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United Way grants help ease access to addiction treatment

Acting on its “Bold Goal” to greatly reduce emergency room (ER) visits due to opioid-related drug overdoses, United Way of Summit County recently awarded two grants to Summa Health, totaling $360,000. The grants support the Summa Health System — Barberton Campus ER in becoming a “front door” to medication-assisted addiction treatment, care coordination and social services that increase patients’ likelihood of successful treatment and recovery. The grants fund a full-time addiction medicine care coordinator who meets with patients who have overdosed. 

“That personal, face-to-face encounter makes a big difference,” said Michael Hughes, M.D., president of Summa Health System – Barberton Campus. “In the past, patients were treated and stabilized in the emergency room. Then, when patients were discharged, they were given phone numbers for referrals for outpatient treatment. Now, patients can begin medically assisted treatment before they leave the ER.”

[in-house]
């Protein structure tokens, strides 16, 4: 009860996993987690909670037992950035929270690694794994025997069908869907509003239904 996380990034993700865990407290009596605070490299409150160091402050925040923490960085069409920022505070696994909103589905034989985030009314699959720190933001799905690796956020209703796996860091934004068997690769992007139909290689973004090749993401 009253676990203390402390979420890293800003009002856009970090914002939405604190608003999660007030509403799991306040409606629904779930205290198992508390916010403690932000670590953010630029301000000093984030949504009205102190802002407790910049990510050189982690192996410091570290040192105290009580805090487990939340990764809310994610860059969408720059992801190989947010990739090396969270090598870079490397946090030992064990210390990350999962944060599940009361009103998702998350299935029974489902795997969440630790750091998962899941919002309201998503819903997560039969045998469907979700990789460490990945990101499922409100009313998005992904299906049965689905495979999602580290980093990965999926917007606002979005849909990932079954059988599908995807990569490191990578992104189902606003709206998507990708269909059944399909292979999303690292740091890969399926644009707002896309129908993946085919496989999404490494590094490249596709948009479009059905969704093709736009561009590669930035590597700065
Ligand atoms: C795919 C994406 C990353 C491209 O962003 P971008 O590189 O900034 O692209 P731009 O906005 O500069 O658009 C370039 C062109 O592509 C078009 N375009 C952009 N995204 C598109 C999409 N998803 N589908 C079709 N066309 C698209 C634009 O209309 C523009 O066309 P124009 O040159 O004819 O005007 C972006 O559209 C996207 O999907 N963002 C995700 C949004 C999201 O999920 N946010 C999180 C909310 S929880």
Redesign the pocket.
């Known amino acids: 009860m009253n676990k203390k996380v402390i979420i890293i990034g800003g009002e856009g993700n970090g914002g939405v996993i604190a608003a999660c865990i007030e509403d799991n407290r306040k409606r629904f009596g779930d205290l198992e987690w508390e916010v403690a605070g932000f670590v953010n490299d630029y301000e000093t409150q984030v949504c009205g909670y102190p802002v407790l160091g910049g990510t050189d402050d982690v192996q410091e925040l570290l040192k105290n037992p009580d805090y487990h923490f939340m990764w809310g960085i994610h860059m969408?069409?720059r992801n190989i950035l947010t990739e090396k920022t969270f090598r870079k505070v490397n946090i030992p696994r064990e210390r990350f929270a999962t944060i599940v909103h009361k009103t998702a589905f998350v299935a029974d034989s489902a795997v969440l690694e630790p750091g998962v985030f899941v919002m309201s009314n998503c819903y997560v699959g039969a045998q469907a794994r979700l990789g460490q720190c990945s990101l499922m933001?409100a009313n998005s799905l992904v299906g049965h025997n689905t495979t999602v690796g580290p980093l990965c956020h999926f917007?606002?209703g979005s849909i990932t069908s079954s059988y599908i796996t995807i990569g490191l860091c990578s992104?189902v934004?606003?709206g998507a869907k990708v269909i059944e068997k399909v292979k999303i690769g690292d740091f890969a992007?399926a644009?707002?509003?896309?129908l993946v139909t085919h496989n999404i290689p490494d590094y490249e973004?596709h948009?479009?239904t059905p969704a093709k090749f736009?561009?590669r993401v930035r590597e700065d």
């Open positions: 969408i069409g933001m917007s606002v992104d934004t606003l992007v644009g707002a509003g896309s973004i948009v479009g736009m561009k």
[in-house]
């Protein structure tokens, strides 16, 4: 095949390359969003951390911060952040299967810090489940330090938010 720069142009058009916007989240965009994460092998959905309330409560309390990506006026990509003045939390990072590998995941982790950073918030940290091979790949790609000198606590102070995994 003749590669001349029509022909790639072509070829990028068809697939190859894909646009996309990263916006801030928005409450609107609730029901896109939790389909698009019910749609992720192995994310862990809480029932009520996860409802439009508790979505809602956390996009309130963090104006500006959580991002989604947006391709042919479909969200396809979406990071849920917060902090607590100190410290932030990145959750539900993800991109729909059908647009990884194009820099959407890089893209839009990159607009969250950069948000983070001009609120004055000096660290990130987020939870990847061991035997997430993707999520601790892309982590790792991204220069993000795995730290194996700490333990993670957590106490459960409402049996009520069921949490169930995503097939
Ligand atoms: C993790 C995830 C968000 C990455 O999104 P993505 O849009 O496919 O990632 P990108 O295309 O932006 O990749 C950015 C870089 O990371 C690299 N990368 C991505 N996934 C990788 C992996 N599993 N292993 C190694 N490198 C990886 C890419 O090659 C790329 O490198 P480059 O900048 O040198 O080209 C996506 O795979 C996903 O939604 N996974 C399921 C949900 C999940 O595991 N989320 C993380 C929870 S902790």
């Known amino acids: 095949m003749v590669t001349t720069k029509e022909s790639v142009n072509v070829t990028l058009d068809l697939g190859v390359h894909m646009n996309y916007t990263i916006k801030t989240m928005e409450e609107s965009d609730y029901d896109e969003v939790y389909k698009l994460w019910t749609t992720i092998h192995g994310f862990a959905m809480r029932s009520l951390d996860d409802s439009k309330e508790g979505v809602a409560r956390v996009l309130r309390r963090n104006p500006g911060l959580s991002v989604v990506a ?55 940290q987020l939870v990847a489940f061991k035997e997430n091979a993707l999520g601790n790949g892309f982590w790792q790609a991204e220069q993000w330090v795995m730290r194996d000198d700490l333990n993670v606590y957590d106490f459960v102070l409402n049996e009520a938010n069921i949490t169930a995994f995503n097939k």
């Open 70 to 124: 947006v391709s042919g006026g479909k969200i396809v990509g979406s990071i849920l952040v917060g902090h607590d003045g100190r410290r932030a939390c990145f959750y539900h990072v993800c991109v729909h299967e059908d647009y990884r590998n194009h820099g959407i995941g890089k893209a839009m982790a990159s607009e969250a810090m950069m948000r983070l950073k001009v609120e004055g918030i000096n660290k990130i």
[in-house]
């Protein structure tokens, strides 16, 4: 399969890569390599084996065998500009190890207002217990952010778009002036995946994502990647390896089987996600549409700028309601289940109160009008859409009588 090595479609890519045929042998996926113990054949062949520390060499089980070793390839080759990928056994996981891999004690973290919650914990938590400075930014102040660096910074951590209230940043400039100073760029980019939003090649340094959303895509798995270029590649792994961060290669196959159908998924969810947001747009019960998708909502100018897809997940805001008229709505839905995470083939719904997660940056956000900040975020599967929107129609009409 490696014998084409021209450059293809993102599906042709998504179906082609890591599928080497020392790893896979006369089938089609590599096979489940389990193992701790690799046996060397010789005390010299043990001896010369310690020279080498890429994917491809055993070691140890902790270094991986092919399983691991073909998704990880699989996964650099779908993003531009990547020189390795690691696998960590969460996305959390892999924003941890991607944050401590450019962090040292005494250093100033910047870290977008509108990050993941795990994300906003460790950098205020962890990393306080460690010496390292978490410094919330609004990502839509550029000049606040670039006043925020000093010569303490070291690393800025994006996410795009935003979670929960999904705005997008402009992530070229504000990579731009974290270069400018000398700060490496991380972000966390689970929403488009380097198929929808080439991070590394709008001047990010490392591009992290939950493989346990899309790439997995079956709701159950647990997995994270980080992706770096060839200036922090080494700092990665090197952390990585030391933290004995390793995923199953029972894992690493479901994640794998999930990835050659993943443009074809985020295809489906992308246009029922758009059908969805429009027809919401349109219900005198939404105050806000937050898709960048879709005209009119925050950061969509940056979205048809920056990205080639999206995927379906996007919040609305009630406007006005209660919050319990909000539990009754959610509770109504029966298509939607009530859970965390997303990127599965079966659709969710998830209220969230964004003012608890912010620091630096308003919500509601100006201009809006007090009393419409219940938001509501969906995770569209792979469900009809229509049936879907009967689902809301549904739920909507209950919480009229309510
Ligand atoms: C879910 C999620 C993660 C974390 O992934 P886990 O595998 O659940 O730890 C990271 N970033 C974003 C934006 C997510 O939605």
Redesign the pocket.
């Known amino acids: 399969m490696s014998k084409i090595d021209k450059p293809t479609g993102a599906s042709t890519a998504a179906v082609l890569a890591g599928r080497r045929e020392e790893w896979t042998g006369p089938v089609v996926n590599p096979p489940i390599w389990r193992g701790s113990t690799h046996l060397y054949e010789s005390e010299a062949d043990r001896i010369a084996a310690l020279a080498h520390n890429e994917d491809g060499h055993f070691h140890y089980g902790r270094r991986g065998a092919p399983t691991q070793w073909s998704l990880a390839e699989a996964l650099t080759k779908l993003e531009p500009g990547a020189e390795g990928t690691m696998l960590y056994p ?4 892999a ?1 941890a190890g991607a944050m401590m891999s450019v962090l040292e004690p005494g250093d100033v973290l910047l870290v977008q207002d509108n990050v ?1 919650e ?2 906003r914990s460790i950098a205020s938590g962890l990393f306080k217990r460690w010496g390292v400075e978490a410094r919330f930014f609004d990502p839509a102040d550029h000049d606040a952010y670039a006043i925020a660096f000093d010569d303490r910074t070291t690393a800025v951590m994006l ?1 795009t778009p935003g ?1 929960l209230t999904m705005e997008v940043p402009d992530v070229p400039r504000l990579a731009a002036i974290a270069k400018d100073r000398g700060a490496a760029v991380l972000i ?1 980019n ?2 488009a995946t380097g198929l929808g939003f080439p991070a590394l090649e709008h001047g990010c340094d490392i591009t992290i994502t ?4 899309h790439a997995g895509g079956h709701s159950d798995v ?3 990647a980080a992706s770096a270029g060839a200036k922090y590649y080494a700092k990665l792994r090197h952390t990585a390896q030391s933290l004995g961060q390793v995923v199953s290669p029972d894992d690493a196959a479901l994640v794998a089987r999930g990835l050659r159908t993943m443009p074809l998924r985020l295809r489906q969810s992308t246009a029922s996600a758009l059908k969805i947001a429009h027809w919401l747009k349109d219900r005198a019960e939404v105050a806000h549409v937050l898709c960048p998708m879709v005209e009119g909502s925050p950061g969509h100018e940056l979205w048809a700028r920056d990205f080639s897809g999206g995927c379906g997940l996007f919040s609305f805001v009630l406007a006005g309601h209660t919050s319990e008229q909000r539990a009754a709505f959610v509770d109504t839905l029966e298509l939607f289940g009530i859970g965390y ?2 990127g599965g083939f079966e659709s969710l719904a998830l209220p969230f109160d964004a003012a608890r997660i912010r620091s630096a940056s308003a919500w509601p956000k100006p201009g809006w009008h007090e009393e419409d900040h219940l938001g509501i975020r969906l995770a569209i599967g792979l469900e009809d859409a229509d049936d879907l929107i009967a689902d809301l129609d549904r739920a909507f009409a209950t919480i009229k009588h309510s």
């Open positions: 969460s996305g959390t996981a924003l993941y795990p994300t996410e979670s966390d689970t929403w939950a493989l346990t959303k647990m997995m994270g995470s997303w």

Patients continue care with a “bridge” provider until they start an intensive outpatient program with a definitive provider – all arranged by the care coordinator, who also screens for other needs that can be a barrier to treatment — lack of safe housing, reliable transportation, childcare, as well as food insecurity – and works to address them in collaboration with United Way. 

“We are grateful for the support of partners like United Way,” said Department of Psychiatry Chair Joseph Varley, M.D., holder of the Jim and Vanita Oelschlager Endowed Chair in Psychiatry and Behavioral Health. “These grants strengthen the ability of Summa Health Behavioral Health Institute to creatively coordinate and integrate services with our community partners that promote wellness and recovery.”


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